Generally speaking, we can begin by saying that frequently in life the relation between an act and its consequences seems to us to be totally disproportionate. One hour of thoughtlessness can produce a lifetime of tears. A small error, a single misstep can radically change the direction of the lives of numerous people. Seemingly insignificant incidents have an aftermath that lasts for generations. Our happiness or unhappiness often hangs by the thread of a single "chance" event. Adam’s one trespass brought about an overall change in the thoughts, attitudes, and inclinations of his whole nature. Experience teaches us, after all, that no matter what people do, the act to some degree boomerangs on them and leaves tracks on their character. At bottom nothing is indifferent, and nothing passes us by without a trace. Every act of the will, arising as it does from antecedent impulses and desires, has a retroactive impact on it and reinforces it. In that way every sin can become a habit, a tendentious pattern, a passion that controls a person like a tyrant. Humans are changeable, extraordinarily moldable, and pliable. They adapt themselves to all occasions; they accommodate themselves to every kind of environment; they get used to everything and orient themselves to all fashions. Those who commit sins become the servants of sin. A crime, a lie, a theft, a murder never vanishes with the moment in which it has been committed. In a similar way but on a much larger scale, the disobedience of Adam changed his entire nature.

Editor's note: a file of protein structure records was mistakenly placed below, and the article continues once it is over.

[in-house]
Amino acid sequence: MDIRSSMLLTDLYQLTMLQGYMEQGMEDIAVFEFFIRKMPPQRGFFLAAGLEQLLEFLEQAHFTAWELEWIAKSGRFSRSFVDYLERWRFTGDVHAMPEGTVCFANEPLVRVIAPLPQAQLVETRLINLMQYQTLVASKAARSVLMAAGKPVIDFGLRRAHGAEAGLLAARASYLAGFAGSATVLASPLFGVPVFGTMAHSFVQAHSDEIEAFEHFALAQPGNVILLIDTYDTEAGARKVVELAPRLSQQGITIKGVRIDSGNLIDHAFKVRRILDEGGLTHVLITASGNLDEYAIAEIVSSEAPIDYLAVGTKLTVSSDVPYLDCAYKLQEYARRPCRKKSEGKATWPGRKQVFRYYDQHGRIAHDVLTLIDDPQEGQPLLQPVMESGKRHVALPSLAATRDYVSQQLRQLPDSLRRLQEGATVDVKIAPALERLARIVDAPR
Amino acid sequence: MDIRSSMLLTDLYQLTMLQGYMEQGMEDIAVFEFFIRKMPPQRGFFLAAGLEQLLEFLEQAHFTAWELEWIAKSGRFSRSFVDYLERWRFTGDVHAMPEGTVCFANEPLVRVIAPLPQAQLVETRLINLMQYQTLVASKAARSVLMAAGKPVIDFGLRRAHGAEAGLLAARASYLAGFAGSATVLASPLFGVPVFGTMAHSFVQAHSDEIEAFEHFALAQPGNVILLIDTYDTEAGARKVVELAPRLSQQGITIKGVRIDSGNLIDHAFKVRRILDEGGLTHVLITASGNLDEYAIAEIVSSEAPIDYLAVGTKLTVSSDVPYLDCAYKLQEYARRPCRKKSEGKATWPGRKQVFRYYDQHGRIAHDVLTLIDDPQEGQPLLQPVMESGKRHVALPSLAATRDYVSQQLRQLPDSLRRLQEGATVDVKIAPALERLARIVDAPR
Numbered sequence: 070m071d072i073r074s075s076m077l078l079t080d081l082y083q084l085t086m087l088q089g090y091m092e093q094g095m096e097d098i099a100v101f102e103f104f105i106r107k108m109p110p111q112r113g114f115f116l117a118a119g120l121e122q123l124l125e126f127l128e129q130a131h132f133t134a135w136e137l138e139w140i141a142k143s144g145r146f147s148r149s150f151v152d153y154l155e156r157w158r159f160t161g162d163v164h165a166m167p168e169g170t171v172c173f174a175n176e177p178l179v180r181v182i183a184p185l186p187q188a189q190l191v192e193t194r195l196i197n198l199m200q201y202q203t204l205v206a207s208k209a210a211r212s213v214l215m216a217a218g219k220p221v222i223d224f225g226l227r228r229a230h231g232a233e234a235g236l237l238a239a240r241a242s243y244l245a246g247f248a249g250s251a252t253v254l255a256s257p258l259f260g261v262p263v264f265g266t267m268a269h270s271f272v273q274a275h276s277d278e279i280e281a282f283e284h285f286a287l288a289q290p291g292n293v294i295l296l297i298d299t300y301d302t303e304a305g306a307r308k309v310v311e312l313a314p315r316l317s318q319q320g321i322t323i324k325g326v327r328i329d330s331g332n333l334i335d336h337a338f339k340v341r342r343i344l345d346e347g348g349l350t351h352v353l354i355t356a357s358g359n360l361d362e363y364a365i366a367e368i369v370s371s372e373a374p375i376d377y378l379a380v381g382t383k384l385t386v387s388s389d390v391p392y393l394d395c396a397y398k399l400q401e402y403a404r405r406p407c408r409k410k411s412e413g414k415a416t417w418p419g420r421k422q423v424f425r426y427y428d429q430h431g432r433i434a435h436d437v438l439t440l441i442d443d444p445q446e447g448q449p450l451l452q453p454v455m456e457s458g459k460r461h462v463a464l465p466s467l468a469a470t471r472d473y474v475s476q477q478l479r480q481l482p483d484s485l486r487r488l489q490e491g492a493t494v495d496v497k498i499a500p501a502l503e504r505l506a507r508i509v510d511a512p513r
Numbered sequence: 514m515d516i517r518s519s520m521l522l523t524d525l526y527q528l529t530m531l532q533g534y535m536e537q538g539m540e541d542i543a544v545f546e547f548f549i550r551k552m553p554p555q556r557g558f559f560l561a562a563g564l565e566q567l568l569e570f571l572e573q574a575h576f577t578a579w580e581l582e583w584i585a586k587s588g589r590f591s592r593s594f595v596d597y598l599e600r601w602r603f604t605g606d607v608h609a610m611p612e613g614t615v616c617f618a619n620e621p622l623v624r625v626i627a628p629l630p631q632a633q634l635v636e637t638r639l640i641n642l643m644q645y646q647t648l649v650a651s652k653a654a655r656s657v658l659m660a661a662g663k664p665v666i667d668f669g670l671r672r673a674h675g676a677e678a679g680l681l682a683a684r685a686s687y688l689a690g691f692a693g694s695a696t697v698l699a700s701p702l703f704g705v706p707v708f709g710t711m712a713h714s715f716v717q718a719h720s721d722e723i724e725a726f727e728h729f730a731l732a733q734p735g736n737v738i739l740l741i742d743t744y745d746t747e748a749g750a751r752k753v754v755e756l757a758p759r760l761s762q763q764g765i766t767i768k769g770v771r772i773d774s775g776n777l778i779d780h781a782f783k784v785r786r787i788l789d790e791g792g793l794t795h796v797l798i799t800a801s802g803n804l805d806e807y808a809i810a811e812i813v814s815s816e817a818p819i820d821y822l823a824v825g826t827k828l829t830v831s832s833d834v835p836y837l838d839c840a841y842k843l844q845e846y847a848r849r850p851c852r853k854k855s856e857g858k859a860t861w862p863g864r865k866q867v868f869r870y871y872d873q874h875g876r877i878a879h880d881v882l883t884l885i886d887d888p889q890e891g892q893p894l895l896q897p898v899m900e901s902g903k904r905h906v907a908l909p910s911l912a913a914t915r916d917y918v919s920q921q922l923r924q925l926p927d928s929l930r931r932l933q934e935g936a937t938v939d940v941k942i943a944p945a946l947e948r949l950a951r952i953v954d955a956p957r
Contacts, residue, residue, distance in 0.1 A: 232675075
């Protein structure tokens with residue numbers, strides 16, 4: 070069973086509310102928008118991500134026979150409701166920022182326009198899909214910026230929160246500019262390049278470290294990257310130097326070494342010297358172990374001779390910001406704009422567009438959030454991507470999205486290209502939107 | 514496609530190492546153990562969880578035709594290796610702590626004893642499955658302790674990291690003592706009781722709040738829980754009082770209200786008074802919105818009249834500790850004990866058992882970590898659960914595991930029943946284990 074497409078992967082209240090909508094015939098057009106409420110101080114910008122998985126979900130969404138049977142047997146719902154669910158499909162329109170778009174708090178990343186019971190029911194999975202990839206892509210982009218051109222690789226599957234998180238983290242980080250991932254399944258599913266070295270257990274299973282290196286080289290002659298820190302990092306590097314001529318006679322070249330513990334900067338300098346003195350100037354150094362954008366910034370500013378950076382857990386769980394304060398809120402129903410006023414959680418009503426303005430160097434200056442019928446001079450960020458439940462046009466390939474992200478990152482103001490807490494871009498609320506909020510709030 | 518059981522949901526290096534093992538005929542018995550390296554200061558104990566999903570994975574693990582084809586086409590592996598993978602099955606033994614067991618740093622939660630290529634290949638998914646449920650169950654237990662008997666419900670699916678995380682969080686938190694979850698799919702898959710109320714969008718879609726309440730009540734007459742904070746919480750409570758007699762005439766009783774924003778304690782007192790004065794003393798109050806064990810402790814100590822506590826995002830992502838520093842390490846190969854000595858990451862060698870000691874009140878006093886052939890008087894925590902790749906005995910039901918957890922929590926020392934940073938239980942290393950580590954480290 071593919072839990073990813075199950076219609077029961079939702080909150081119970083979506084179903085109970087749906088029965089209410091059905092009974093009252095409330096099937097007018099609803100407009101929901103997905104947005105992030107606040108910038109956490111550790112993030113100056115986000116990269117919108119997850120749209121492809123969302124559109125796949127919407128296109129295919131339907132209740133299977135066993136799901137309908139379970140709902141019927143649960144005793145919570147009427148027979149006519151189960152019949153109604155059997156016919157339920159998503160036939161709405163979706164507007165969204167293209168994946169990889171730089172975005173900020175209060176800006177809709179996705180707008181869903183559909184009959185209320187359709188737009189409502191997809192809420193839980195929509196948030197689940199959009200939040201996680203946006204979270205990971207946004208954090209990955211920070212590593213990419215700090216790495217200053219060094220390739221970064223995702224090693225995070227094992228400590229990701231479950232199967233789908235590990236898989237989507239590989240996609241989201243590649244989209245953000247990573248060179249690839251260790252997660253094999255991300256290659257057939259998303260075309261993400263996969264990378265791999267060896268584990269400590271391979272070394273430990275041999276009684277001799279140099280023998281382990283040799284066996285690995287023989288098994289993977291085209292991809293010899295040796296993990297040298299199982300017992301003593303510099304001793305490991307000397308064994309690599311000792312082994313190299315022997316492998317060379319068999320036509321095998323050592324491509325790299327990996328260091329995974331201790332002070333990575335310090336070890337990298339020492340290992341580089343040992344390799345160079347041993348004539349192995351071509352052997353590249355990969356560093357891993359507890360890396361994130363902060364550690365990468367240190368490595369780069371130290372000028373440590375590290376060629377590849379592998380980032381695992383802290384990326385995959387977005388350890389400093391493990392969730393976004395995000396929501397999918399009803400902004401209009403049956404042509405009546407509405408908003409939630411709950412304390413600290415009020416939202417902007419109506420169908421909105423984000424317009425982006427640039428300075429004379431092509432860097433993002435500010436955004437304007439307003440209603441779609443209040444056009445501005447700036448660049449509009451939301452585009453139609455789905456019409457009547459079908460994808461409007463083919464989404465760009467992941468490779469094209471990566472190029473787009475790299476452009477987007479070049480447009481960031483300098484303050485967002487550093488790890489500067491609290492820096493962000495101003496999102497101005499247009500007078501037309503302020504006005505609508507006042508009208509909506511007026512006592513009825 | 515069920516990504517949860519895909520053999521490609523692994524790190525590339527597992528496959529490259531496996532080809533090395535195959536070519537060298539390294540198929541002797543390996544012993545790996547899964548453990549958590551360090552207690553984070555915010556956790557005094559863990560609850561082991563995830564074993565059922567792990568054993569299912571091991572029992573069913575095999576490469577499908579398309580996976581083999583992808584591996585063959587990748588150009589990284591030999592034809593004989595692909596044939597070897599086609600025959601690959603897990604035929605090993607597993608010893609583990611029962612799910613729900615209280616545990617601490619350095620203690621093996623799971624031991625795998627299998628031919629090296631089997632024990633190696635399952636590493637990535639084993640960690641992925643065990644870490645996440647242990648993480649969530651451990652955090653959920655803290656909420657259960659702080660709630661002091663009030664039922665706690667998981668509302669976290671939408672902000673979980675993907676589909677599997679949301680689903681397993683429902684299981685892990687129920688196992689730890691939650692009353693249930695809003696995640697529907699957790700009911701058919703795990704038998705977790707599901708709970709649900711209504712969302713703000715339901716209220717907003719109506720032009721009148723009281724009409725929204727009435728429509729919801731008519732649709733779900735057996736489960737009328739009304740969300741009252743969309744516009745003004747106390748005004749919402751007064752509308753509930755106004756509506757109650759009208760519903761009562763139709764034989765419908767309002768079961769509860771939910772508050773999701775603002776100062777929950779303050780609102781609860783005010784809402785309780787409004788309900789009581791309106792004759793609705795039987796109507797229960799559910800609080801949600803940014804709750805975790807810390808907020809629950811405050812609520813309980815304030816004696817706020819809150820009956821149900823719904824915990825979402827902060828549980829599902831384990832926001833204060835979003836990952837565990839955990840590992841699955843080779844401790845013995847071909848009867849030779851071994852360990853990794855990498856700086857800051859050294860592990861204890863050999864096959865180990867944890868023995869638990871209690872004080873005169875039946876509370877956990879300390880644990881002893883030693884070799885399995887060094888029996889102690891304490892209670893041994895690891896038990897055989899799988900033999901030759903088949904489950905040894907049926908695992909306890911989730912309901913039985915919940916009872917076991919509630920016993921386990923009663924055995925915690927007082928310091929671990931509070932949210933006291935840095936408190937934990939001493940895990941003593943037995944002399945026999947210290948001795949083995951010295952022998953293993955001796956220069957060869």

Source: Herman Bavinck, Reformed Dogmatics, Volume 3, Chapter 2 (pp. 106-1078)

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Justification, the outstanding blessing of salvation, is the Triune God’s counterintuitive gift of forensic acquittal and right status, an end-time decision announced now in the middle of history, consisting of Christ’s own righteous obedience freely imputed to sinners united to Christ through self-divesting and Christ-riveted faith.

source: Dane Ortlund after several moths of pondering Herman Bavinck’s writings on justification. His attempt at a single (run-on) sentence articulating Bavinck’s view. http://hermanbavinck.org/2011/04/06/bavinck-on-justification/

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First God calls people to Himself, enabling them to hear and understand the gospel.

Then He graciously gives those He calls the free gifts of repentance and faith.

God produces both creation and new creation by his Word and Spirit. … he calls all things into being out of nothing … by the word of his almighty power he again raises up the fallen world.